Sincerely,

NoGluGirl


Jin

Strawberry Allergy, mold allergy, dustmites allergy, ragweed allergy, dust allergy, food dye allergy - 1985

Asthma - 1994

Ovarian Cyst - May 1999

Anemia - 2000

4 More Ovarian Cysts - March 2000

Bloodwork for Celiac - November 2000 negative

Colonoscopy, Endoscopy, Intercolisis, Gastric Emptying Study - May and June 2001 negative biopsy

Fibromyalgia - June 2001

IBS - June 2001

Gallbladder Removal - July 28, 2003 after doctor said the tests showed nothing, so it was not gallbladder disease. It was very inflamed and irritated and nearly ruptured the surgeon told me at my 10 day post-op check-up.

Thyroid Disease - August 2004

Celiac Disease - March 2007 Current Dr. refers to me as Celiac, as she says blood tests are often inaccurate.

Official Purple Glittery Bat Keeper, District Attorney, and Chinese Restaurant Owner of The Silver Dragon of Rachelville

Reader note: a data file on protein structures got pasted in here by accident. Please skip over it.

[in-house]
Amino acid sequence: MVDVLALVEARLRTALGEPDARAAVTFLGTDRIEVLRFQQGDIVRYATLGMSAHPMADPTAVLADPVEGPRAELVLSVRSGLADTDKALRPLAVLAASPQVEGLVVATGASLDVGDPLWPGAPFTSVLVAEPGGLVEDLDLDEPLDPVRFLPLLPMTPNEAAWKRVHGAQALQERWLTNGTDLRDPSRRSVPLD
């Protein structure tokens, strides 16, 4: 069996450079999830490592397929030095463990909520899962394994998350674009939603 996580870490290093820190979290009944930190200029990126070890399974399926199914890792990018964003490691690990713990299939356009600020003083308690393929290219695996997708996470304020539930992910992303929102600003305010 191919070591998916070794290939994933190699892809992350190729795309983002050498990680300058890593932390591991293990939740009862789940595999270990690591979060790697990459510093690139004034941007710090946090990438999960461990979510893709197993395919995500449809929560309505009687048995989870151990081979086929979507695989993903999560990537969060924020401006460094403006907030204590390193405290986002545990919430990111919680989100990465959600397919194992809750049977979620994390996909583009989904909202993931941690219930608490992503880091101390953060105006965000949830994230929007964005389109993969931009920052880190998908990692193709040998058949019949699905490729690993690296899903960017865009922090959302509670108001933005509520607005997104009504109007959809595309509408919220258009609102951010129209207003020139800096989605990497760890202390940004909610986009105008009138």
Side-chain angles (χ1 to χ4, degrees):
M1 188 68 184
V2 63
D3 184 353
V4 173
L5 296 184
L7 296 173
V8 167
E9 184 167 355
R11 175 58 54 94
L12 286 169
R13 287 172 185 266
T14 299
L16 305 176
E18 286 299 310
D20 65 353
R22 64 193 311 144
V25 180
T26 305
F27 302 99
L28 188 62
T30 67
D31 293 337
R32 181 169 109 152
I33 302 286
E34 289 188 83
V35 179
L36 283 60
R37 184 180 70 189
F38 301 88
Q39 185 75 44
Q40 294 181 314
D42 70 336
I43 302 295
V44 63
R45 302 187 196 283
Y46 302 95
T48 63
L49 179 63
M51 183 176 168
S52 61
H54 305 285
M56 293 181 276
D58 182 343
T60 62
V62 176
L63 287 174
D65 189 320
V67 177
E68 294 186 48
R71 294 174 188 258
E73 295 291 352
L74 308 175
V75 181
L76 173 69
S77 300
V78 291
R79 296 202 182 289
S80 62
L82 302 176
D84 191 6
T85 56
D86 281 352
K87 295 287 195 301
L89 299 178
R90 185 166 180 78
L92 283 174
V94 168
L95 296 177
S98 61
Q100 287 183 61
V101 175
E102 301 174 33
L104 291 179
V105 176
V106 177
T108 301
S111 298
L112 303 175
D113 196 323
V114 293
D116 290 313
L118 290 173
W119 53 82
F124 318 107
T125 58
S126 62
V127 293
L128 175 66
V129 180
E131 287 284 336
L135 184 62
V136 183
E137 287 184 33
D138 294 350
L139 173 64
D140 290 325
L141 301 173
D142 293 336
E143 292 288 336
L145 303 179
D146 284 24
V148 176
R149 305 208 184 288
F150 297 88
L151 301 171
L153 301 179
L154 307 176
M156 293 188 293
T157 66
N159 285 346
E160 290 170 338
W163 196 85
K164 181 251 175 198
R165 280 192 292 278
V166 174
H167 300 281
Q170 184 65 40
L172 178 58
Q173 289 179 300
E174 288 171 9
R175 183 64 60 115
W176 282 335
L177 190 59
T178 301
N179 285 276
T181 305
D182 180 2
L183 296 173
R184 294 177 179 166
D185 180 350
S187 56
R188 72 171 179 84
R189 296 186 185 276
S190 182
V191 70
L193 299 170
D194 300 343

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Also, I didn't mention it in my first post but I have an iron deficiency along with the b12 deficiency-- I don't know if this is related to hypothyroidism or Lyme's in any way.

I've always had to take iron supplements ... I've also had low body temperatures. I definately have Lyme. I don't know if it's the cause of your problems, but I know it was for me. :) Low body temperatures are commong with Lyme because it affects your thyroid ... along with all your other organs. My temps have gone up a whole degree since I started Lyme treatment and I've been able to get completely off the thyroid supplement I was taking.


gluten-free 12/05

diagnosed with Lyme Disease 12/06

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Dear SocietyInDenial,

Those temps sound the same as mine! Even when I was hot flashing, I usually only got up to 98.0 degrees. Sometimes I am cold for no reason. I am always walking around in sweaters and sweatshirts. My parents think I am crazy. They always tease me about it. This is typical with Thyroid Disease, though.